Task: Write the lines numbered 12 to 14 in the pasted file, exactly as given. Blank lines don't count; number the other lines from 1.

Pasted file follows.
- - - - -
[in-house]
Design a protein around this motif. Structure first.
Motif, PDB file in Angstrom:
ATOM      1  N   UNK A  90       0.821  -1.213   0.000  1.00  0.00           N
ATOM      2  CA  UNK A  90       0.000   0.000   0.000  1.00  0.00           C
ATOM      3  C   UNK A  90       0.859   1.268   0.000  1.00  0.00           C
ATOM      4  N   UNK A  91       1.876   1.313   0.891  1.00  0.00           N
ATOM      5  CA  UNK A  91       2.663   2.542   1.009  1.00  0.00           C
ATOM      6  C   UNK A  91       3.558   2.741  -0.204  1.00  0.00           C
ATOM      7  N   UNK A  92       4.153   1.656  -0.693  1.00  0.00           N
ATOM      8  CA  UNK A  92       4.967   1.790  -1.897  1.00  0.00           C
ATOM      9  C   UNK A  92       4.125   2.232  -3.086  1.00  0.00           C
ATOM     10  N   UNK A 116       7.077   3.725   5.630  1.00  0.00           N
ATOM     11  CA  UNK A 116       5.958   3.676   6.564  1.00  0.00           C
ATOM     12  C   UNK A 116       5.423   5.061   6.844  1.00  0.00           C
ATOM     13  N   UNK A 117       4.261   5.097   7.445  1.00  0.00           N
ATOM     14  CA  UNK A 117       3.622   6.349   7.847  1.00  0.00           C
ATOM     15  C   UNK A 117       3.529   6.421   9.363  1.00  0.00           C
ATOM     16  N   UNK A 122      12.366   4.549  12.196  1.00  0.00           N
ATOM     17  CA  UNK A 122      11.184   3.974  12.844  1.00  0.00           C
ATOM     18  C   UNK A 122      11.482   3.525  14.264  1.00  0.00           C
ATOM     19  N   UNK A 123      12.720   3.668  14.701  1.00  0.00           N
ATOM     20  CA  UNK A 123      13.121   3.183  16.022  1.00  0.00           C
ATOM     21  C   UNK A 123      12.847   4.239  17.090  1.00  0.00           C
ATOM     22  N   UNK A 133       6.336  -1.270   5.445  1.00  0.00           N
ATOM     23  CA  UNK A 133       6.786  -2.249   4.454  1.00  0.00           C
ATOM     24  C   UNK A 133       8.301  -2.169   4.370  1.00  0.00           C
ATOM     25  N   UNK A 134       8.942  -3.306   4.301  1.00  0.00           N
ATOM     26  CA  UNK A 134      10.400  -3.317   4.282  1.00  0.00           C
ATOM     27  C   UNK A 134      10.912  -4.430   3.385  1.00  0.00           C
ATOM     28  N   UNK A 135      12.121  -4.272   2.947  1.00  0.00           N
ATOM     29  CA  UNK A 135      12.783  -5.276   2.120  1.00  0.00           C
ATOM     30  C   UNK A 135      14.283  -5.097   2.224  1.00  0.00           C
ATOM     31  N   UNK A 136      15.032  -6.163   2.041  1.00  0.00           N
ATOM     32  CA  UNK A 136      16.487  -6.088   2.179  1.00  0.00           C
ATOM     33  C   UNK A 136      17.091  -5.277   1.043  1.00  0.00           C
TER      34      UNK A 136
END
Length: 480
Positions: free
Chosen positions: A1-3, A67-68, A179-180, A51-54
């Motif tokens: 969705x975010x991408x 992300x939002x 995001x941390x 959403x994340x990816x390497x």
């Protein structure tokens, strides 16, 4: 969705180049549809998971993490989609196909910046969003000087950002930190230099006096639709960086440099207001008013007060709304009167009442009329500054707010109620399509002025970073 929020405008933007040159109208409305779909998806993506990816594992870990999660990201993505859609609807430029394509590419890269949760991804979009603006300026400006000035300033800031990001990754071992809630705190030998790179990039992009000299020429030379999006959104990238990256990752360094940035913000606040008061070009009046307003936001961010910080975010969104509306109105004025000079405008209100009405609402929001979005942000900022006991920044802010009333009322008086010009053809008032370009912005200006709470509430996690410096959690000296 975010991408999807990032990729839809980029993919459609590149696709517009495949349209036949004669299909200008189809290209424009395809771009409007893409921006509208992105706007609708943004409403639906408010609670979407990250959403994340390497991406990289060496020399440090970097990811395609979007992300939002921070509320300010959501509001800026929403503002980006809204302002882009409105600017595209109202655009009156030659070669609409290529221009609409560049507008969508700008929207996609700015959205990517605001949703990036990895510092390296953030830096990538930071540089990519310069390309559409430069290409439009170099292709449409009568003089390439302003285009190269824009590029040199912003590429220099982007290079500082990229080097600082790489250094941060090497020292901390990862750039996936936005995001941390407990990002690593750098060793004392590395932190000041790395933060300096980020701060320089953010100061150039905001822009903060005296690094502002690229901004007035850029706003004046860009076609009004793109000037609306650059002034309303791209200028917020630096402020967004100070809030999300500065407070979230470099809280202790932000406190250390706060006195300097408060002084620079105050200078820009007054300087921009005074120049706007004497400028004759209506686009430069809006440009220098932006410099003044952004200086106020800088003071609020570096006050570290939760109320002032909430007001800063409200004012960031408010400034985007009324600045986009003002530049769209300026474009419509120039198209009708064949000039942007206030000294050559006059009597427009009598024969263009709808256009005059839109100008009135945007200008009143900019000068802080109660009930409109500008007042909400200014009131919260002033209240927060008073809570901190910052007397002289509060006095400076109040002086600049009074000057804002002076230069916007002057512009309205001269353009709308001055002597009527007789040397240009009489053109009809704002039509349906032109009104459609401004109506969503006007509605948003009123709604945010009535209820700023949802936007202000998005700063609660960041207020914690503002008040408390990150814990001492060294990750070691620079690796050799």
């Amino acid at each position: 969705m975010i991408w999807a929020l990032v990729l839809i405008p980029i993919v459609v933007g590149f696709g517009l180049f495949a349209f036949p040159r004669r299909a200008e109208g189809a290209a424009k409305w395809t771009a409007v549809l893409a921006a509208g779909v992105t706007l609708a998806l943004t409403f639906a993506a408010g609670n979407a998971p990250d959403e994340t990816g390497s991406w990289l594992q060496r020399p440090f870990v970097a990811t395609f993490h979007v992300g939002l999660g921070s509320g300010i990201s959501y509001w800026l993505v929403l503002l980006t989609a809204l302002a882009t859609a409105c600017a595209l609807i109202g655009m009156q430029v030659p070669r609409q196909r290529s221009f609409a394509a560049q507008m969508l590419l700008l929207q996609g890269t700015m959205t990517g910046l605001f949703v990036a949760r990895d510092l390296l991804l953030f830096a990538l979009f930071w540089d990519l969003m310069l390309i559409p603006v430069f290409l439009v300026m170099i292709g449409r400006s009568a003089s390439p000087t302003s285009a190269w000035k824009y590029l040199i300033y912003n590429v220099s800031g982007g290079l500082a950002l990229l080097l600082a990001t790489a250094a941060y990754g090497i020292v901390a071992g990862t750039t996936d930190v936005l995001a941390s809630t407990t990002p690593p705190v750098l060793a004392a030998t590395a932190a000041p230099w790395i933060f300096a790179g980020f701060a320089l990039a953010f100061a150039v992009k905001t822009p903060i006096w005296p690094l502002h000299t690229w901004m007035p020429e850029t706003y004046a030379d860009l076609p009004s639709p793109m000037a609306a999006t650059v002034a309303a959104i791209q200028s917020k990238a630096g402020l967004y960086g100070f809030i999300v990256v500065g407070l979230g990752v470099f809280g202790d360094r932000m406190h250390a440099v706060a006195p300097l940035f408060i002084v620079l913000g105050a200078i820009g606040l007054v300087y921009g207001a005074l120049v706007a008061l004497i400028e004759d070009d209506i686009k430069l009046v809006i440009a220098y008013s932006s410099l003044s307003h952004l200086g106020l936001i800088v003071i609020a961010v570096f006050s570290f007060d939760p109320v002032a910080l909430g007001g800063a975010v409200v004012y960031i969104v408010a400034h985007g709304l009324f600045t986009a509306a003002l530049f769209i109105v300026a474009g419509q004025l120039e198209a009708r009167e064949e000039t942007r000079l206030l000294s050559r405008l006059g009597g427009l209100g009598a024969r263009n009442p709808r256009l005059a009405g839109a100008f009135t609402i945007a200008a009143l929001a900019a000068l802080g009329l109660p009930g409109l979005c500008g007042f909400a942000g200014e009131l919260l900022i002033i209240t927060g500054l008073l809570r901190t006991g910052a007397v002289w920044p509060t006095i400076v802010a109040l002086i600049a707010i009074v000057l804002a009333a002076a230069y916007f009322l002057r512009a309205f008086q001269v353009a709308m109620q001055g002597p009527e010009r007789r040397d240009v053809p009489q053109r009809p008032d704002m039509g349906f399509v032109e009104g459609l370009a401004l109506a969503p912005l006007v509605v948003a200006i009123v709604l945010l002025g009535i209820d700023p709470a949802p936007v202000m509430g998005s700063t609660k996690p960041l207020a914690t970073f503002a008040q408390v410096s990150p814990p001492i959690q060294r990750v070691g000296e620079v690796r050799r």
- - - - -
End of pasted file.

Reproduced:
ATOM      9  C   UNK A  92       4.125   2.232  -3.086  1.00  0.00           C
ATOM     10  N   UNK A 116       7.077   3.725   5.630  1.00  0.00           N
ATOM     11  CA  UNK A 116       5.958   3.676   6.564  1.00  0.00           C